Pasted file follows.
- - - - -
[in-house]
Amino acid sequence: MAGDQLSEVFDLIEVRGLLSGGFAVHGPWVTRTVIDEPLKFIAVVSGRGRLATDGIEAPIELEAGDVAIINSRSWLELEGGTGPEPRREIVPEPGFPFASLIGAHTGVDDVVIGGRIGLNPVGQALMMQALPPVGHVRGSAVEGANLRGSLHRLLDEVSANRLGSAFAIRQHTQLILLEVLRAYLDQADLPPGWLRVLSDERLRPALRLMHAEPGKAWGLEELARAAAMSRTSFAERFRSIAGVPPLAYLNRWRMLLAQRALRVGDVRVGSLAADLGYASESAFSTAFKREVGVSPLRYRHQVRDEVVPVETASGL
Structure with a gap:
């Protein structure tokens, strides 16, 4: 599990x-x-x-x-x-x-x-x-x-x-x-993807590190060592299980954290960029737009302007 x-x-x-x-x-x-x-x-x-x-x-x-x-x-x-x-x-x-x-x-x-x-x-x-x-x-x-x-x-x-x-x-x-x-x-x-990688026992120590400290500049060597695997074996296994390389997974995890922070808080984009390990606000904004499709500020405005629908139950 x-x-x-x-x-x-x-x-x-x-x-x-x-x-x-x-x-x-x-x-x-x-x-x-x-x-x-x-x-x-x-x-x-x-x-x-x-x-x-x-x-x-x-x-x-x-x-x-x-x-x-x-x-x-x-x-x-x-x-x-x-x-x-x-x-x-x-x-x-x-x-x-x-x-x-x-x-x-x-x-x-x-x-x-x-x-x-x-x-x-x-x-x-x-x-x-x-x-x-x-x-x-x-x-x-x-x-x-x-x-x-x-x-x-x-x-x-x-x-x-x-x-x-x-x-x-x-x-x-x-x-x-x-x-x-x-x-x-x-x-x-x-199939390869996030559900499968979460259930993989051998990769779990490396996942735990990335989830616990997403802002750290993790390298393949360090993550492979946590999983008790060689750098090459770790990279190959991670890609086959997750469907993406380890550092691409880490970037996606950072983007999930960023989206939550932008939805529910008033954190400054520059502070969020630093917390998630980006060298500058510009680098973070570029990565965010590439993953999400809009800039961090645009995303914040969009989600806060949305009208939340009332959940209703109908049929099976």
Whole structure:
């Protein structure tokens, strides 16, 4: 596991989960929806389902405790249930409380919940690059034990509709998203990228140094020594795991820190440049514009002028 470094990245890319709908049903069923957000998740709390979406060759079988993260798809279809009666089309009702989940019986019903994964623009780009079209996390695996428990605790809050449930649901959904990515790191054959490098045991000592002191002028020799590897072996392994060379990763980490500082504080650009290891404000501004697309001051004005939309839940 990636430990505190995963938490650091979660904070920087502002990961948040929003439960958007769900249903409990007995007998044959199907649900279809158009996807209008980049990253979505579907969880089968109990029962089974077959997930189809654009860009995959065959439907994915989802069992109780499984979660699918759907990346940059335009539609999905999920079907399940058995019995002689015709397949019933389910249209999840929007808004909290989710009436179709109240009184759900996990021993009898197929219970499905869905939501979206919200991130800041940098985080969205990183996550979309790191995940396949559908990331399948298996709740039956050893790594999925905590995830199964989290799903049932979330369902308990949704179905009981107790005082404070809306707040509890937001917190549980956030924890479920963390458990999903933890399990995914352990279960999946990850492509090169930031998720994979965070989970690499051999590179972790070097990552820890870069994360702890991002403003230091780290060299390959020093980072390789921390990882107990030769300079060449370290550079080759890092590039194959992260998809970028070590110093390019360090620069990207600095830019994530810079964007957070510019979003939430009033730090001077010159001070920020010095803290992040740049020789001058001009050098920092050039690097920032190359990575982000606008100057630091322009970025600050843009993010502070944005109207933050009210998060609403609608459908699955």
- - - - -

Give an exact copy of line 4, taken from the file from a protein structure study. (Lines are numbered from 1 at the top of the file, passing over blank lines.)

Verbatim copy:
């Protein structure tokens, strides 16, 4: 599990x-x-x-x-x-x-x-x-x-x-x-993807590190060592299980954290960029737009302007 x-x-x-x-x-x-x-x-x-x-x-x-x-x-x-x-x-x-x-x-x-x-x-x-x-x-x-x-x-x-x-x-x-x-x-x-990688026992120590400290500049060597695997074996296994390389997974995890922070808080984009390990606000904004499709500020405005629908139950 x-x-x-x-x-x-x-x-x-x-x-x-x-x-x-x-x-x-x-x-x-x-x-x-x-x-x-x-x-x-x-x-x-x-x-x-x-x-x-x-x-x-x-x-x-x-x-x-x-x-x-x-x-x-x-x-x-x-x-x-x-x-x-x-x-x-x-x-x-x-x-x-x-x-x-x-x-x-x-x-x-x-x-x-x-x-x-x-x-x-x-x-x-x-x-x-x-x-x-x-x-x-x-x-x-x-x-x-x-x-x-x-x-x-x-x-x-x-x-x-x-x-x-x-x-x-x-x-x-x-x-x-x-x-x-x-x-x-x-x-x-x-199939390869996030559900499968979460259930993989051998990769779990490396996942735990990335989830616990997403802002750290993790390298393949360090993550492979946590999983008790060689750098090459770790990279190959991670890609086959997750469907993406380890550092691409880490970037996606950072983007999930960023989206939550932008939805529910008033954190400054520059502070969020630093917390998630980006060298500058510009680098973070570029990565965010590439993953999400809009800039961090645009995303914040969009989600806060949305009208939340009332959940209703109908049929099976």